Jayne Dawson: Only a chump would want old-style bonfire night back

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Well then. It’s about now that we people with a few more miles on the clock start speaking in tongues. Or we might as well be.

The clocks going back is the signal. Dark nights, cold feet, long sessions trying to bleed the radiators into submission, it all leads to one thing.

We start talking about chumping.

You know, chumping. Oh, you don’t? You must be one of those others then. One of those other generations who didn’t grow up with Blue Peter’s John Noakes as a role model, and hanging on every word of Jackanory.

Those of us who did remember chumping with more affection than it warrants. It meant collecting wood for the street bonfire on Nov 5, and work could begin up to a couple of weeks beforehand.

We girls, all brought up nicely, would forage for, well, twigs basically, which we would arrange neatly at the appointed place.

But certain boys would come back dragging half a tree, usually stolen from other boys on a neighbouring street in a daring raid involving scuffles, unkind words and some parental threats.

In an average year, the half tree in question could be stolen and re-stolen several times, leaving the bonfire looking more like a pancake day celebration.

This would go on until Nov 5 itself, when a bored-looking dad would drive home with a big wagon of old pallets and stack them into a towering inferno. Job done. Street bonfire saved.

That was chumping. And I can’t say I miss it. Those raids terrified me.

But the memory at this time of year, as the darkness takes hold, can lead to a burst of nostalgia from we people who grew up in the chumping years.

And don’t think Halloween gets missed out. Oh no. Who of the John Noakes generation can resist delivering a few words on how there was no such thing in our day.

It’s true enough. The newly-invented Halloween, with its dressing up and carved pumpkins and all that is actually fun - except for that tedious trick-or-treat bit.

But I do wonder how those who voted to leave the European Union because they wanted “to get out country back” feel about our adoption of this completely American custom.

And that’s on top of our adoption of American films, American actors, and American reality TV stars. I’m sure there will be people who know can identify the two American presidential candidates more easily than they c an identify their own UK prime minister. Just saying.

At least the Americans can’t mess with our bonfire night. It may be a bit strange and bloodthirsty, burning an effigy of the unfortunate Guy Fawkes, but it is all our own.

But still my very own Jackanory/ John Noakes generation has plenty to say about the changing nature of Bonfire Night, and when I say “changing” I naturally mean “declining”.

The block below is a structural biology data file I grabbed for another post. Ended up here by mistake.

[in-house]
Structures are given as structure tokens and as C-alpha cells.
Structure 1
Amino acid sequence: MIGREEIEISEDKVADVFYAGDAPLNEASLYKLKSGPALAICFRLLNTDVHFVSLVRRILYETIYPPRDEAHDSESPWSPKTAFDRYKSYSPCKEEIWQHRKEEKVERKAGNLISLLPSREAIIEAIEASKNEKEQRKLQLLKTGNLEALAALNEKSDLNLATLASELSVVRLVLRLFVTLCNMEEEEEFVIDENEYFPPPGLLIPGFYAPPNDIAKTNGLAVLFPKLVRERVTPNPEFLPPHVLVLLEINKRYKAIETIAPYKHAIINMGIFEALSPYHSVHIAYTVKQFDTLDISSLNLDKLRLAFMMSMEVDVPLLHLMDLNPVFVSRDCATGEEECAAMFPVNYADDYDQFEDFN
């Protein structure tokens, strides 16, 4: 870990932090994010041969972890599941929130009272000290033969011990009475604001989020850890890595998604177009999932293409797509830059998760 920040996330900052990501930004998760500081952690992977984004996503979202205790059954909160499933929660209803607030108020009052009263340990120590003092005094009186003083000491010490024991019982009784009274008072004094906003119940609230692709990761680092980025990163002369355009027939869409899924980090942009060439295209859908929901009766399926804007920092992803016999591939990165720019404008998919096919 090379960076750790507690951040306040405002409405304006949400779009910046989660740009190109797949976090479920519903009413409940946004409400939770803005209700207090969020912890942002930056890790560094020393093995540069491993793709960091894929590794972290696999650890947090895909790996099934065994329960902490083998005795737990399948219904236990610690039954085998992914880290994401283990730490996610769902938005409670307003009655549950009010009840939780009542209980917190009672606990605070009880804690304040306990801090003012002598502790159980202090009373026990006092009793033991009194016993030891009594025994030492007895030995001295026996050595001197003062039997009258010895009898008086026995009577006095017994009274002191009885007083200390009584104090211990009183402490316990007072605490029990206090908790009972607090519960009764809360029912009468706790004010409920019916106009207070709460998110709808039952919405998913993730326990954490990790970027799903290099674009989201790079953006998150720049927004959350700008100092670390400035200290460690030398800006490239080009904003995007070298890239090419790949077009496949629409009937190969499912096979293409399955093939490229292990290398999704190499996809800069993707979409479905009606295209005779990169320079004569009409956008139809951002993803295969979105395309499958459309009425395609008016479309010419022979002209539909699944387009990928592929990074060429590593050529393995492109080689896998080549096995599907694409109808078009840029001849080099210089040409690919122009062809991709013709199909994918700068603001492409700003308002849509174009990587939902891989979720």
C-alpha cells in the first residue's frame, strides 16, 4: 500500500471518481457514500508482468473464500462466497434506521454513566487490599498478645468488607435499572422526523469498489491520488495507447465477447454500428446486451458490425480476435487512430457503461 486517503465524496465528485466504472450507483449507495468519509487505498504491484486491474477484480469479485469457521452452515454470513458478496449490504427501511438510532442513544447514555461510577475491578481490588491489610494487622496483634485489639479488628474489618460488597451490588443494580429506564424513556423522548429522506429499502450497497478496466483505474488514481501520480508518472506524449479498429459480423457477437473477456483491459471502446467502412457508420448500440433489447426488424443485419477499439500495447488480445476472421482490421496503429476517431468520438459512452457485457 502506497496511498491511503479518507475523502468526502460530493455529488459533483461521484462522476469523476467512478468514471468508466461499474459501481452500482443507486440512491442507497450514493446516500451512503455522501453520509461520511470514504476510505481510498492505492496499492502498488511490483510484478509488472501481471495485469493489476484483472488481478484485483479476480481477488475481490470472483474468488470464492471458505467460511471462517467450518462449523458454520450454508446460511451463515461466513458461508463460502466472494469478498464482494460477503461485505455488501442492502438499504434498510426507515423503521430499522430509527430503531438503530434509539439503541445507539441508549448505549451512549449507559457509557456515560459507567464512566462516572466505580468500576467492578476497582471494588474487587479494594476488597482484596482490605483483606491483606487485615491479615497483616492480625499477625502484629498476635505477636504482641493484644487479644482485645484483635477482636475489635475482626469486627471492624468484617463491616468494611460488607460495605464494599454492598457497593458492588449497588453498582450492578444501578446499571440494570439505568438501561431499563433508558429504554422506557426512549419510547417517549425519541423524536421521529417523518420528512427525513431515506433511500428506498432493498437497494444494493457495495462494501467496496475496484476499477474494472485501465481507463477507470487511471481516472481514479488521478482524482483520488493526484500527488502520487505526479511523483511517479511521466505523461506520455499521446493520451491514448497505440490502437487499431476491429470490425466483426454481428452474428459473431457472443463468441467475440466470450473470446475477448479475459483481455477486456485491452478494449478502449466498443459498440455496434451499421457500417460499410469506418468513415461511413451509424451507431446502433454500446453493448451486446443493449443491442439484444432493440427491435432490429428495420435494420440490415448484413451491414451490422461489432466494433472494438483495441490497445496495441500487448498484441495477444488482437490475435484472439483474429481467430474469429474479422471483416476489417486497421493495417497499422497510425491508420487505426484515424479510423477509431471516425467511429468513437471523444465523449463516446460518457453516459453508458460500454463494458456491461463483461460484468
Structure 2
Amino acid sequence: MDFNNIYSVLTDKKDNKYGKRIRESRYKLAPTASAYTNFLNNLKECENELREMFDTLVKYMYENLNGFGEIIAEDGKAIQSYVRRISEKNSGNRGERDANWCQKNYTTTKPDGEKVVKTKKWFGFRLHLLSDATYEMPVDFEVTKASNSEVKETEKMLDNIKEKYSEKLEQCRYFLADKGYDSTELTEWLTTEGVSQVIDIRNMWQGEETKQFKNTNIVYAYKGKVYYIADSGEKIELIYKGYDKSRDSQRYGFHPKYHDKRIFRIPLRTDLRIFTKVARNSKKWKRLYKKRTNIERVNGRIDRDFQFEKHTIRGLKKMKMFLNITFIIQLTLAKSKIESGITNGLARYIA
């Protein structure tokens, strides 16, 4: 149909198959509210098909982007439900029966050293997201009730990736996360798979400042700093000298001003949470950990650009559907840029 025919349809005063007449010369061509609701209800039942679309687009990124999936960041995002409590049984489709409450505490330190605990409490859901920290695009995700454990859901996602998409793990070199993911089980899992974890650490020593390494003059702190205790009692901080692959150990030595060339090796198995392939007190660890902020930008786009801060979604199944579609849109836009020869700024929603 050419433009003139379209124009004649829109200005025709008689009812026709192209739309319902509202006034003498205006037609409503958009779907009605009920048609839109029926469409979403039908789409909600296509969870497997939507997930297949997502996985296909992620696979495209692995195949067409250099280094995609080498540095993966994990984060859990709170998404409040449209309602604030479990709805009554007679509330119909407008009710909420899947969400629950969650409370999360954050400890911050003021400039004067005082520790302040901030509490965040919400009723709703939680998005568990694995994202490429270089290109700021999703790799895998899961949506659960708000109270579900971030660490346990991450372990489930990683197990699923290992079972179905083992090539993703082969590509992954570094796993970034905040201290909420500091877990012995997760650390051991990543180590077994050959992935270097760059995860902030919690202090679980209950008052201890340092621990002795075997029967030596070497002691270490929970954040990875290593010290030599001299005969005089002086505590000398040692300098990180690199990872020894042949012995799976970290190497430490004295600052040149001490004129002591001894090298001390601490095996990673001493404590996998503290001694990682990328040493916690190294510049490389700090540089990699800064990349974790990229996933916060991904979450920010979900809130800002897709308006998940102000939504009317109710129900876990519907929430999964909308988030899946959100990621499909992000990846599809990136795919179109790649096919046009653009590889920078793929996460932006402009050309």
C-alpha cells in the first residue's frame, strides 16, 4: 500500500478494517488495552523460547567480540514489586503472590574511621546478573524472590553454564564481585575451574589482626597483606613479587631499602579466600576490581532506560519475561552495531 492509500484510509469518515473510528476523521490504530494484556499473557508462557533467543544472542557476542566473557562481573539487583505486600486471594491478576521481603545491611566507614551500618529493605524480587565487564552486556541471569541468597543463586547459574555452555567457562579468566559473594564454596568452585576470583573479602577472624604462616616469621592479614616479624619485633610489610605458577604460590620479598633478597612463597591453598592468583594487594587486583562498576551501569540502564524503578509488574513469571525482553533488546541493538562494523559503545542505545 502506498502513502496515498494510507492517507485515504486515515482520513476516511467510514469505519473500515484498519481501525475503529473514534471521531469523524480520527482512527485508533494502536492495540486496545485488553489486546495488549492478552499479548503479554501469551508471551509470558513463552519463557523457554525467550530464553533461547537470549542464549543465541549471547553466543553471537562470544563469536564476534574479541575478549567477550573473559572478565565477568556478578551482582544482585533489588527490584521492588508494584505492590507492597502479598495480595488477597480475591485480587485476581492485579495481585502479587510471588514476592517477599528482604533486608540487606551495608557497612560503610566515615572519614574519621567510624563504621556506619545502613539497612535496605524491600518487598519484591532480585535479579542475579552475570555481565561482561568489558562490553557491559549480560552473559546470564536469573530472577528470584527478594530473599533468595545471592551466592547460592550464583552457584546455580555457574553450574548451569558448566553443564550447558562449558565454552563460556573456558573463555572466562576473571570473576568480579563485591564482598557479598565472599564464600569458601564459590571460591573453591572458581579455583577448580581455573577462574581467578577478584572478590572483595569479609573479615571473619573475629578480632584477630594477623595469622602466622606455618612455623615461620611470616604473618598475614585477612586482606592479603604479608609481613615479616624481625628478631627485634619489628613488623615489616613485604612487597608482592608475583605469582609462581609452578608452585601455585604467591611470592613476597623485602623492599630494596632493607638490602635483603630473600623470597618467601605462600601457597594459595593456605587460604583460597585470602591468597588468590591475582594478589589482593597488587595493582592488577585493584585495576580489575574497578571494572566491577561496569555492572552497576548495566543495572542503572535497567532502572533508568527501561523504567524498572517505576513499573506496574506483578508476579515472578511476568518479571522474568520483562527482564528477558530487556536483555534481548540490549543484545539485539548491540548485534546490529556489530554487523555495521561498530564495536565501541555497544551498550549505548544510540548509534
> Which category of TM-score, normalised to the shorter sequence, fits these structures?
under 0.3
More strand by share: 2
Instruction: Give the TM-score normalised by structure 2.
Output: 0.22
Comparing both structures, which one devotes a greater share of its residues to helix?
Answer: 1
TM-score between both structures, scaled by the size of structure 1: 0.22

The grumpy, gloomy people say Bonfire Night is now a boring hell of health-and-safety- conscious community bonfires.

No one tries to shove a Jumping Jack or a Firecracker down the back of your jumper anymore, no-one walks around with their pockets full of bangers and boxes of matches anymore, no one sets their garden fence/neighbour’s shed/whole self on fire any more.

To which I can only say, er, GOOD!

Sometimes nostalgia is entirely misplaced. Sometimes - very often, mostly all the time - things change because they need to, and for the better.

A big safe, spectacular firework display, a park full of families having fun, a walk home through smoky autumnal air to pie and peas or fish and chips. This beats beating up your neighbours over chumping rights, or setting your fence on fire with your back garden bonfire.

Happy, improved, November 5.

Leave that dust alone

Phew, time to relax everybody. Clamber down from that guttering, stop scrubbing those curtains.

Word has come from the wisest of sources that we don’t have to tackle these tasks daily, or even weekly. Not. Even. Monthly.

Permission has been granted, by the Good Housekeeping Institute no less, to only clean the chimney, the gutters, the carpets, the curtains once a year. I know! The relief, the giddy freedom of it all.

And the fun doesn’t stop there. If you are in the habit of dusting the lightbulbs every time you look at them, stop now.

Lightbulbs, like the odds ‘n’ sods drawer in the kitchen, should also only be tackled annually. As should the window frames, the outdoor furniture and the upholstery.

It’s okay to leave them be.

Of course, this conversation could be leaving you puzzled. Not because you have these tasks on a weekly rota but because the idea of taking a duster to a lightbulb has never have occurred to you. The odds ‘n’ sods drawer might have been left undisturbed since you took possession of the house all those decades ago and the curtains will be replaced before they are washed, because that is a neater, cleaner solution all round.

If this is you, then do not worry about it. It’s me too. In fact, it’s all of us. I guess a dusted lightbulb could improve your life, but only if your life was very, very dull.

Time for tattoos to lose the image

I think the time has come for tattoos to lose their rebellious image, don’t you?

So many people have designs inked on various parts of their body that the practice has become commonplace.

You could say that once former prime minister’s wife Samantha Cameron stepped through the door of Number 10 on feet adorned with a dolphin tattoo, the art had reached the very heart of the establishment.

So I think the rule operated by most police authorities, that tattoos on their officers must not be visible while in uniform, needs to go.

Research by the Police Federation reveals that more than half of all female officers, and almost the same percentage of male officers have an inking.

And it turns out that most of the public don’t care about that, and don’t mind if the tattoos are visible.

The days of disapproval are way out of date.